Spotlight: An Interview with Sherry Crain Arledge

Portrait of Sherry Arledge, wearing professional attire, with a friendly smile, in a well-lit indoor setting.

Crain Construction has always been a family-oriented company. J.E. Crain started the business during the Depression in 1933. While its name has changed slightly over the years, many of the familiar faces of the original family remained the same. Sherry Crain Arledge is one of those faces. The granddaughter of J.E. Crain, and daughter of J.T. Crain, Sherry worked at the company for 35 years and was the third generation of Crains to build a career with the firm. 

 

The Early Years 

As a child, Sherry’s memories of her grandfather J.E. weren’t of the architectural plans he reviewed, the job sites he visited, or the structures he helped build. They were the simple joys of any granddaughter and grandfather: spending the night at her grandparents’ house and eating breakfast in the morning, plinking out a few tunes on their piano, and standing on “Bop’s” feet while dancing along to records. 

All of J.T.’s children loved music. Sherry’s brothers worked in Nashville’s music industry, leaving for stretches at a time to tour or play gigs out of town. When they were in Nashville, they would work part-time at Crain, Tommy as a draftsman and Billy as a janitor. 

Sherry also loved music, working at a local stereo shop, Morris Sound Center, in Hundred Oaks Mall. But a dramatic event changed the course of Sherry’s life and her future: a serious car accident. Initially, Sherry continued working at Morris, and the store’s owner retrofitted the store so that she could access it in a wheelchair. With her life turned upside down, Sherry began considering new options for her future.   

“I decided to go to school and asked Dad if he’d hire me once I learned more about construction. In 1978, I graduated with an associate’s degree in building and construction and then joined Dad at Crain.”

Sherry’s Crain Construction family was always supportive and trusted her expertise in many areas throughout her 35-year career.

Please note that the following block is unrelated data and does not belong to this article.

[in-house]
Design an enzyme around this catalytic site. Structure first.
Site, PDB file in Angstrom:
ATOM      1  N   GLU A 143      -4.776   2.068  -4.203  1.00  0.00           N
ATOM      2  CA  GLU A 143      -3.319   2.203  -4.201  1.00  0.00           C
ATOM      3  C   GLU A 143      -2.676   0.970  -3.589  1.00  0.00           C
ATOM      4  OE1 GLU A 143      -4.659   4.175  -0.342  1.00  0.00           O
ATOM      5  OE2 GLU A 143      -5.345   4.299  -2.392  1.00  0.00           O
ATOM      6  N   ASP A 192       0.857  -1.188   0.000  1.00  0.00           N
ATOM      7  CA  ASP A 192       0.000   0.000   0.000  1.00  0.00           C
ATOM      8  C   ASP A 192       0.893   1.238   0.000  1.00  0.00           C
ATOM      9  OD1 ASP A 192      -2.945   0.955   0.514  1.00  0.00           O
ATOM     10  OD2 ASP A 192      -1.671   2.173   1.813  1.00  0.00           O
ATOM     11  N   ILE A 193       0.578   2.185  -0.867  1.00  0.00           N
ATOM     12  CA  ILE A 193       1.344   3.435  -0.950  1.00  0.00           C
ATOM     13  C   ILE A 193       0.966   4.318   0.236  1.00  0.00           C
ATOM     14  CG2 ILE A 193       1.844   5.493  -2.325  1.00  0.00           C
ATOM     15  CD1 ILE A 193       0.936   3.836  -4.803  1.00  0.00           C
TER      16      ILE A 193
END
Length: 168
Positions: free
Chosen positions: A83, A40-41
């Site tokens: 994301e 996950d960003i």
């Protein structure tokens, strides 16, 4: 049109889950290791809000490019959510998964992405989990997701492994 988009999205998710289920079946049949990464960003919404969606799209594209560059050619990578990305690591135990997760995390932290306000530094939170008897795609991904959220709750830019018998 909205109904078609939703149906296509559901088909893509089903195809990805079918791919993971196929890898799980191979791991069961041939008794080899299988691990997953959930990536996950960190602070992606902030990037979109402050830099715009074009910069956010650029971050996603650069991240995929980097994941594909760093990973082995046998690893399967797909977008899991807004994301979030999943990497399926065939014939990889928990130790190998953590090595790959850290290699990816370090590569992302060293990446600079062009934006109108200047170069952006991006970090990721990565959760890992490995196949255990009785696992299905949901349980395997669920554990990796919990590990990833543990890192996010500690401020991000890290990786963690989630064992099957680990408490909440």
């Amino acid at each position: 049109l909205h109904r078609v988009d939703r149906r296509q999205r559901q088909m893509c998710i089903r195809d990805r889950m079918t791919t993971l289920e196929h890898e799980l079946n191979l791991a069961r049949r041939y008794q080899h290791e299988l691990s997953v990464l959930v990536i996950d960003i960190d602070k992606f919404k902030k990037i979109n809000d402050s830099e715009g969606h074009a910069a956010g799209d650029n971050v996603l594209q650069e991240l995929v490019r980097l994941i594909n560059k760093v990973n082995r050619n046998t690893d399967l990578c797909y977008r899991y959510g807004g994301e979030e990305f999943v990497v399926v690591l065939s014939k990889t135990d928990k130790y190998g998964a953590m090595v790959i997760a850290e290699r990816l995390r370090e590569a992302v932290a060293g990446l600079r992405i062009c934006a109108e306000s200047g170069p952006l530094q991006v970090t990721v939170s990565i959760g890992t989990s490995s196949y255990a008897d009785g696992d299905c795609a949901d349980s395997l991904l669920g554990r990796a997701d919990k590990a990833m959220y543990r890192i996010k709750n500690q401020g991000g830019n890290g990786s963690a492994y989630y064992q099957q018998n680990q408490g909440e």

The Crain Years 

When Sherry started at Crain, she worked with Charles Gill, a whip-smart man who corrected architects, perfected plans, and was never satisfied with “good enough.” Whether Crain was building strip malls or luxury hotels, he demanded the same integrity of design and commitment to excellence. His approach typified Crain’s approach to commercial construction. Sherry, a new graduate, was learning the ropes as a woman in the construction industry, an unusual phenomenon in the 1970s.  

“There were hardly any women in construction. Very few women even came to the office, if any. The only women around were our bookkeeper and our secretary. But the men in Crain’s office were way more accepting than most men at the time.” 

Over the next 35 years, Sherry would become an integral part of the company, working alongside Lewis Rankin to expand Crain’s reach, size, and the company’s impact on Nashville‘s skyline.

“I started working in the strip center phase. The first job that I drew up and worked on was in Crossville on Cumberland Square. By the time I left, the business had gone from strip centers to car dealerships, warehouses, and hotels.”

Sherry’s father J.T. Crain had expanded Crain into commercial construction, a prescient move that set the company up for success as Nashville grew. When J.T. retired and Lewis Rankin headed up operations, the company continued to grow in size and reach. 

Crain also took on many complex projects and continued to deepen the professional relationships with architects, subcontractors, and repeat clients. 

 

Closing A Chapter  

Crain Construction had expanded dramatically by the time Sherry left in 2013. She started the same year that Opryland opened. So when she retired after 35 years, Nashville was a very different city from when she started.

Sherry’s father passed away the same year Sherry retired. Today, she looks back on her time with Crain fondly. Sherry says while she loved the job, it’s the relationships she formed at Crain that will always hold a special place in her heart. 

“Everyone there knew each other’s family. It was very family-oriented, always. It remains the same today, and I hope it never changes.”

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